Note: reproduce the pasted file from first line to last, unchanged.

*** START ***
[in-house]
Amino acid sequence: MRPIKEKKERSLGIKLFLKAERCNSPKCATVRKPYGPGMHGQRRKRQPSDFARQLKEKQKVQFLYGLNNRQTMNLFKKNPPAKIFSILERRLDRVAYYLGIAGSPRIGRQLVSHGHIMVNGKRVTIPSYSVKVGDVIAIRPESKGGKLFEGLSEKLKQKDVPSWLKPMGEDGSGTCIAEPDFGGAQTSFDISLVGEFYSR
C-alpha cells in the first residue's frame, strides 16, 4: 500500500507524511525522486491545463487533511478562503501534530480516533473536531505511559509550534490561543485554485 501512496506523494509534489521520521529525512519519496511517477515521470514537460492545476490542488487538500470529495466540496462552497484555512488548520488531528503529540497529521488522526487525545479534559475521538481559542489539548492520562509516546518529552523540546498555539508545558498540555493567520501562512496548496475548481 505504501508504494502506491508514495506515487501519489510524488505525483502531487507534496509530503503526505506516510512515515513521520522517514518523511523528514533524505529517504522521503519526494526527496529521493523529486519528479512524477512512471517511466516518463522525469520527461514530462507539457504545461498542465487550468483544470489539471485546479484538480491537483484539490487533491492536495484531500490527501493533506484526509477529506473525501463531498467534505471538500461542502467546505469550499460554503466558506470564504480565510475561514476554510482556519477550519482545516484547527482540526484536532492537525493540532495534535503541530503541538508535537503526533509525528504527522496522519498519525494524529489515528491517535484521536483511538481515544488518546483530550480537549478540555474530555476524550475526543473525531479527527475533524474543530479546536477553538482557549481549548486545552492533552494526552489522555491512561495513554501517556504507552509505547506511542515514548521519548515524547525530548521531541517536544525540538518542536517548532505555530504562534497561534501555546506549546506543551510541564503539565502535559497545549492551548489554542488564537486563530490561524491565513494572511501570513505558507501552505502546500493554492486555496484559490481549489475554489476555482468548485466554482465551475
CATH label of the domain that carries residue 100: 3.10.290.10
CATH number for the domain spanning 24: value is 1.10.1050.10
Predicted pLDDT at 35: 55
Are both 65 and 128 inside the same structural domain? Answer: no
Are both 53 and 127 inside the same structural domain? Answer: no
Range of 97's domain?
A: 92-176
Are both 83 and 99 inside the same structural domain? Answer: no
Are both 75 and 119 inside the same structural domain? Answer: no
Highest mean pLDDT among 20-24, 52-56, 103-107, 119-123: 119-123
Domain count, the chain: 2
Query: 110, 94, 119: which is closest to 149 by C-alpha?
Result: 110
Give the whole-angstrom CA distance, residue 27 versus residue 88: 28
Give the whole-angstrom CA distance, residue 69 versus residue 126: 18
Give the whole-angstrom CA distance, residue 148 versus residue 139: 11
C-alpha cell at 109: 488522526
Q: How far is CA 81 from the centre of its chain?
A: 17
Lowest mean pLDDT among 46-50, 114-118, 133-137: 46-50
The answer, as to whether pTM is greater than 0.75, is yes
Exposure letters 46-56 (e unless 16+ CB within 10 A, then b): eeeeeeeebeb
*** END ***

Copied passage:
[in-house]
Amino acid sequence: MRPIKEKKERSLGIKLFLKAERCNSPKCATVRKPYGPGMHGQRRKRQPSDFARQLKEKQKVQFLYGLNNRQTMNLFKKNPPAKIFSILERRLDRVAYYLGIAGSPRIGRQLVSHGHIMVNGKRVTIPSYSVKVGDVIAIRPESKGGKLFEGLSEKLKQKDVPSWLKPMGEDGSGTCIAEPDFGGAQTSFDISLVGEFYSR
C-alpha cells in the first residue's frame, strides 16, 4: 500500500507524511525522486491545463487533511478562503501534530480516533473536531505511559509550534490561543485554485 501512496506523494509534489521520521529525512519519496511517477515521470514537460492545476490542488487538500470529495466540496462552497484555512488548520488531528503529540497529521488522526487525545479534559475521538481559542489539548492520562509516546518529552523540546498555539508545558498540555493567520501562512496548496475548481 505504501508504494502506491508514495506515487501519489510524488505525483502531487507534496509530503503526505506516510512515515513521520522517514518523511523528514533524505529517504522521503519526494526527496529521493523529486519528479512524477512512471517511466516518463522525469520527461514530462507539457504545461498542465487550468483544470489539471485546479484538480491537483484539490487533491492536495484531500490527501493533506484526509477529506473525501463531498467534505471538500461542502467546505469550499460554503466558506470564504480565510475561514476554510482556519477550519482545516484547527482540526484536532492537525493540532495534535503541530503541538508535537503526533509525528504527522496522519498519525494524529489515528491517535484521536483511538481515544488518546483530550480537549478540555474530555476524550475526543473525531479527527475533524474543530479546536477553538482557549481549548486545552492533552494526552489522555491512561495513554501517556504507552509505547506511542515514548521519548515524547525530548521531541517536544525540538518542536517548532505555530504562534497561534501555546506549546506543551510541564503539565502535559497545549492551548489554542488564537486563530490561524491565513494572511501570513505558507501552505502546500493554492486555496484559490481549489475554489476555482468548485466554482465551475
CATH label of the domain that carries residue 100: 3.10.290.10
CATH number for the domain spanning 24: value is 1.10.1050.10
Predicted pLDDT at 35: 55
Are both 65 and 128 inside the same structural domain? Answer: no
Are both 53 and 127 inside the same structural domain? Answer: no
Range of 97's domain?
A: 92-176
Are both 83 and 99 inside the same structural domain? Answer: no
Are both 75 and 119 inside the same structural domain? Answer: no
Highest mean pLDDT among 20-24, 52-56, 103-107, 119-123: 119-123
Domain count, the chain: 2
Query: 110, 94, 119: which is closest to 149 by C-alpha?
Result: 110
Give the whole-angstrom CA distance, residue 27 versus residue 88: 28
Give the whole-angstrom CA distance, residue 69 versus residue 126: 18
Give the whole-angstrom CA distance, residue 148 versus residue 139: 11
C-alpha cell at 109: 488522526
Q: How far is CA 81 from the centre of its chain?
A: 17
Lowest mean pLDDT among 46-50, 114-118, 133-137: 46-50
The answer, as to whether pTM is greater than 0.75, is yes
Exposure letters 46-56 (e unless 16+ CB within 10 A, then b): eeeeeeeebeb